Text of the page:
Returning to Baltimore, Marshall began working as a private practice lawyer. Williams noted, however, that the young lawyer still made time for the fight against segregation. Representing the local NAACP, he negotiated with White store owners who sold to Blacks but would not hire them. Marshall also took the case of a would-be law student who wanted to attend the all-white University of Maryland law school. The case against the university was Marshalls first big one. His former professor came to town to help him argue it, and the judge gave them a favorable ruling. Soon thereafter, Marshall was invited to join the NAACPs national office in New York City as an assistant special counsel. Two years later, in 1938, he became the head special counsel for the powerful organization.

For the next 20 years, Williams wrote, [Marshall] traveled the country using the Constitution to force state and federal courts to protect the rights of Black Americans. The work was dangerous, and Marshall frequently wondered if he might not end up dead or in the same jail holding those he was trying to defend. Marshall prepared cases against the University of Missouri and the University of Texas on behalf of black students. He petitioned the governor of Texas when a black was excluded from jury duty. During and after World War II, he was an outspoken opponent of the government detention of Japanese Americans, and in 1951 he investigated unfair court-martial practices aimed at blacks in the military in Korea and Japan. William H. Hastie, of the U.S. Third Circuit Court of Appeals, told the New York Times: Certainly no lawyer, and practically no member of the bench has Thurgood Marshalls grasp of the doctrine of law as it affects civil rights.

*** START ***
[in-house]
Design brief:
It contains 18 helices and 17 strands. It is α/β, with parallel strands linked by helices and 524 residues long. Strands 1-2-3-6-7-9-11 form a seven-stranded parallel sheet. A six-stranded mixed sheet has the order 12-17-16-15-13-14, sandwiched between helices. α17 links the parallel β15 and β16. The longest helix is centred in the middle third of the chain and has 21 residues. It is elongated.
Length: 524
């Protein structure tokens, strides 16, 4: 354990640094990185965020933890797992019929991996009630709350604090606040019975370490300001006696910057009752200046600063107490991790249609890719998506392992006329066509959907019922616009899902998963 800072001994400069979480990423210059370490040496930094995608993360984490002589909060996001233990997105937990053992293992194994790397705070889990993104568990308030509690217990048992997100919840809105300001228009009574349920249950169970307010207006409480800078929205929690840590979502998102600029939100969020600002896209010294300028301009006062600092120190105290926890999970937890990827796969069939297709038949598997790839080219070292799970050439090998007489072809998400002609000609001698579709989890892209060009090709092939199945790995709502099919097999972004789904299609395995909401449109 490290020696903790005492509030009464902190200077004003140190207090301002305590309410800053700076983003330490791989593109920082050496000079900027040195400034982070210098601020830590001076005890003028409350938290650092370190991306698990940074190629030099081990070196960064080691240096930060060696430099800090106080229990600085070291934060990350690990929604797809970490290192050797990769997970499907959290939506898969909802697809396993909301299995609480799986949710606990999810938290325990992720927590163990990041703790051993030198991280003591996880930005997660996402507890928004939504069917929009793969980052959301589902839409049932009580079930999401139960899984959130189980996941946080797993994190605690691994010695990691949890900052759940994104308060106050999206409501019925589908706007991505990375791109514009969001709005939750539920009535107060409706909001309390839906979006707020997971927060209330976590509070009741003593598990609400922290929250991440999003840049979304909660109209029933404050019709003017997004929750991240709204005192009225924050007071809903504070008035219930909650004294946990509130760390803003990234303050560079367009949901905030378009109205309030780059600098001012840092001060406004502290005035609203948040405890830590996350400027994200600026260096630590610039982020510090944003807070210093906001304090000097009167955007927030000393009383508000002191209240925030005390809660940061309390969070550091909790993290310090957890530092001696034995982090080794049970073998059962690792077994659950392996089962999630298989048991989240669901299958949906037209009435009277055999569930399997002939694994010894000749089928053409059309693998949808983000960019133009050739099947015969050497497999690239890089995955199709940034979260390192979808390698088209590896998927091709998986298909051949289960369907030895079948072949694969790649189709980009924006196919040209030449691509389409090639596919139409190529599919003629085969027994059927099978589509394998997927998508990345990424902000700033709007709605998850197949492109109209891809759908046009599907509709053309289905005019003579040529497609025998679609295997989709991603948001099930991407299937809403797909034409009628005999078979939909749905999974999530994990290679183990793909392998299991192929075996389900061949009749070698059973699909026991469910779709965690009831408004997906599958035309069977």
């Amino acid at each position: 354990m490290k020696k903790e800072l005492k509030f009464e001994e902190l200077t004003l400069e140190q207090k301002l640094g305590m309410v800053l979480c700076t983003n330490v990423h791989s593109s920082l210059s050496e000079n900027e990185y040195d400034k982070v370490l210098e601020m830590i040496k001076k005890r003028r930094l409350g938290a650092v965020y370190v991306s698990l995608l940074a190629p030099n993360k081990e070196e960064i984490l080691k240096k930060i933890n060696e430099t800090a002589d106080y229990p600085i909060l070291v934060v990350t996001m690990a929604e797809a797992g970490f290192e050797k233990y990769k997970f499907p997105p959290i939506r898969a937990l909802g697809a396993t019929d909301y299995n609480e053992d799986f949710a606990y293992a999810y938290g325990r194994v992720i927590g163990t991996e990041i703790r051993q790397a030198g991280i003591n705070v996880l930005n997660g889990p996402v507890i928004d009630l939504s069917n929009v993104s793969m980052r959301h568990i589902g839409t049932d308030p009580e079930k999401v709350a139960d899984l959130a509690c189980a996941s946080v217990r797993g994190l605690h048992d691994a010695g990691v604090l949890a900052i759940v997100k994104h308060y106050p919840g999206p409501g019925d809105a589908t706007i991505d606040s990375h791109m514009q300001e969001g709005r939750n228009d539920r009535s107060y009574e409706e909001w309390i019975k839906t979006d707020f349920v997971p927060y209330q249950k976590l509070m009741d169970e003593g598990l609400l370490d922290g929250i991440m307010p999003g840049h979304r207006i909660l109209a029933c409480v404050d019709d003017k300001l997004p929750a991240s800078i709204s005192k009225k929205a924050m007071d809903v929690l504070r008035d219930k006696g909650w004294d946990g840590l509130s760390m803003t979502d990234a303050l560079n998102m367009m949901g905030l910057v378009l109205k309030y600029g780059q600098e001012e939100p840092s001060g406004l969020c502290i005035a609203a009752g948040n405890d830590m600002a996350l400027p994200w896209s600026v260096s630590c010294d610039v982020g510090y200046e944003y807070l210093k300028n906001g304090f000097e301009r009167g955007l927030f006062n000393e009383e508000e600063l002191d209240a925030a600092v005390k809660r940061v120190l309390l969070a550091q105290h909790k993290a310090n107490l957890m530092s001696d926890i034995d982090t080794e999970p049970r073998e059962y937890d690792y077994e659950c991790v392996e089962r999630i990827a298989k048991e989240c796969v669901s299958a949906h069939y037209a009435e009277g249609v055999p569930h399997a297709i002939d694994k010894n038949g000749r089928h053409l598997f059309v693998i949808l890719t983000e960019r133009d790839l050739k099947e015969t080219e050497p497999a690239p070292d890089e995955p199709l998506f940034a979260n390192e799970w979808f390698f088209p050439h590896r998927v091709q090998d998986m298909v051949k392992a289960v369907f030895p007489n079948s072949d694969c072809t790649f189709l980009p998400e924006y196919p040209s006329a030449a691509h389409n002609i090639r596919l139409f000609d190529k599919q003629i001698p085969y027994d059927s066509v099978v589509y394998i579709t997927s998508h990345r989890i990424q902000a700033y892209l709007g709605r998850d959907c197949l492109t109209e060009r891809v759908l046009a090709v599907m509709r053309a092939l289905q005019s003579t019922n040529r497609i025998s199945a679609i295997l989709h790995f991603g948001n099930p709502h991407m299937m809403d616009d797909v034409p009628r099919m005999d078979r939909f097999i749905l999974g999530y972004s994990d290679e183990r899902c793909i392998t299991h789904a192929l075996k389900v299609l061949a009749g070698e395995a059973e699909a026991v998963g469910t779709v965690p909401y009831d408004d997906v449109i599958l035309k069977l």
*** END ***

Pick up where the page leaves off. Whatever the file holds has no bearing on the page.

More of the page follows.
Helped End School Segregation

The limelight found Marshall in 1954, when he led the legal team that challenged public school segregation in the courts. The case advanced to the U.S. Supreme Court and resulted in a landmark ruling that ended a half-century of segregated schooling. Remembering those days when he worked on Brown vs. Board of Education, Marshall told Ebony that the Courts decision probably did more than anything else to awaken the Negro from his apathy to demanding his right to equality. At the time, however, Marshall was an opponent of civil disobedience for blacks in the South, feeling that organized opposition might lead to white violenceas indeed it did.

Marshalls first wife died after a long illness in 1955. A year later, he married Cecilia Suyat, a secretary at the NAACPs New York office. The Brown vs. Board of Education ruling had made Marshall a national figurehe was known for some time as Mr. Civil Rightsand when Democrats took control of the White House, the ambitious attorney let it be known that he wanted a judgeship.